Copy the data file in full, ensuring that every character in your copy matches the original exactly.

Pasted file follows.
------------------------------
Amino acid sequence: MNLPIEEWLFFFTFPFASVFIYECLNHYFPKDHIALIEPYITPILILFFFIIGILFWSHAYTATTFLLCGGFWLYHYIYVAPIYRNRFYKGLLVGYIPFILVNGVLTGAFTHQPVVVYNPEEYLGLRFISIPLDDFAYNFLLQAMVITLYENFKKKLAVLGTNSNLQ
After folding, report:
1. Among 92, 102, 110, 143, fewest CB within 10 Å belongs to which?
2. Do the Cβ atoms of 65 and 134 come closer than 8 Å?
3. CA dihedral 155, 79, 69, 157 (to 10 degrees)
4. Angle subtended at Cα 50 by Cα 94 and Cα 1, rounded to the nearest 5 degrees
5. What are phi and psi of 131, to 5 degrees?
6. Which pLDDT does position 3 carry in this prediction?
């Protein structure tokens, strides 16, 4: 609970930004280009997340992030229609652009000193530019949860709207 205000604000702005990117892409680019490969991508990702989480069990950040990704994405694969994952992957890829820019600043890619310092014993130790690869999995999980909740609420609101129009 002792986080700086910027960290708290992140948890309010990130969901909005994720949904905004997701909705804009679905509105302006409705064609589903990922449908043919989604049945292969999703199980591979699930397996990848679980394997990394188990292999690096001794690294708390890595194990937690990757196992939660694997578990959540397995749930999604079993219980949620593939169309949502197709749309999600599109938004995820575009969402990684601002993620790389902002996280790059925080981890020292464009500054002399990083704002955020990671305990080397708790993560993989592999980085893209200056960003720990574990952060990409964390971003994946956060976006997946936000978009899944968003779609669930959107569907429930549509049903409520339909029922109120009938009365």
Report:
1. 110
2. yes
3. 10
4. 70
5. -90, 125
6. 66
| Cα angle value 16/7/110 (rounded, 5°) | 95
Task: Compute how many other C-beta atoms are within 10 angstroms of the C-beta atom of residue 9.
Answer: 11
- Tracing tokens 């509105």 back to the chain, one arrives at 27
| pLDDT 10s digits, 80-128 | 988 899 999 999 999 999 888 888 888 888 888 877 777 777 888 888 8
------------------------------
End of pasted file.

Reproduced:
Amino acid sequence: MNLPIEEWLFFFTFPFASVFIYECLNHYFPKDHIALIEPYITPILILFFFIIGILFWSHAYTATTFLLCGGFWLYHYIYVAPIYRNRFYKGLLVGYIPFILVNGVLTGAFTHQPVVVYNPEEYLGLRFISIPLDDFAYNFLLQAMVITLYENFKKKLAVLGTNSNLQ
After folding, report:
1. Among 92, 102, 110, 143, fewest CB within 10 Å belongs to which?
2. Do the Cβ atoms of 65 and 134 come closer than 8 Å?
3. CA dihedral 155, 79, 69, 157 (to 10 degrees)
4. Angle subtended at Cα 50 by Cα 94 and Cα 1, rounded to the nearest 5 degrees
5. What are phi and psi of 131, to 5 degrees?
6. Which pLDDT does position 3 carry in this prediction?
């Protein structure tokens, strides 16, 4: 609970930004280009997340992030229609652009000193530019949860709207 205000604000702005990117892409680019490969991508990702989480069990950040990704994405694969994952992957890829820019600043890619310092014993130790690869999995999980909740609420609101129009 002792986080700086910027960290708290992140948890309010990130969901909005994720949904905004997701909705804009679905509105302006409705064609589903990922449908043919989604049945292969999703199980591979699930397996990848679980394997990394188990292999690096001794690294708390890595194990937690990757196992939660694997578990959540397995749930999604079993219980949620593939169309949502197709749309999600599109938004995820575009969402990684601002993620790389902002996280790059925080981890020292464009500054002399990083704002955020990671305990080397708790993560993989592999980085893209200056960003720990574990952060990409964390971003994946956060976006997946936000978009899944968003779609669930959107569907429930549509049903409520339909029922109120009938009365």
Report:
1. 110
2. yes
3. 10
4. 70
5. -90, 125
6. 66
| Cα angle value 16/7/110 (rounded, 5°) | 95
Task: Compute how many other C-beta atoms are within 10 angstroms of the C-beta atom of residue 9.
Answer: 11
- Tracing tokens 């509105």 back to the chain, one arrives at 27
| pLDDT 10s digits, 80-128 | 988 899 999 999 999 999 888 888 888 888 888 877 777 777 888 888 8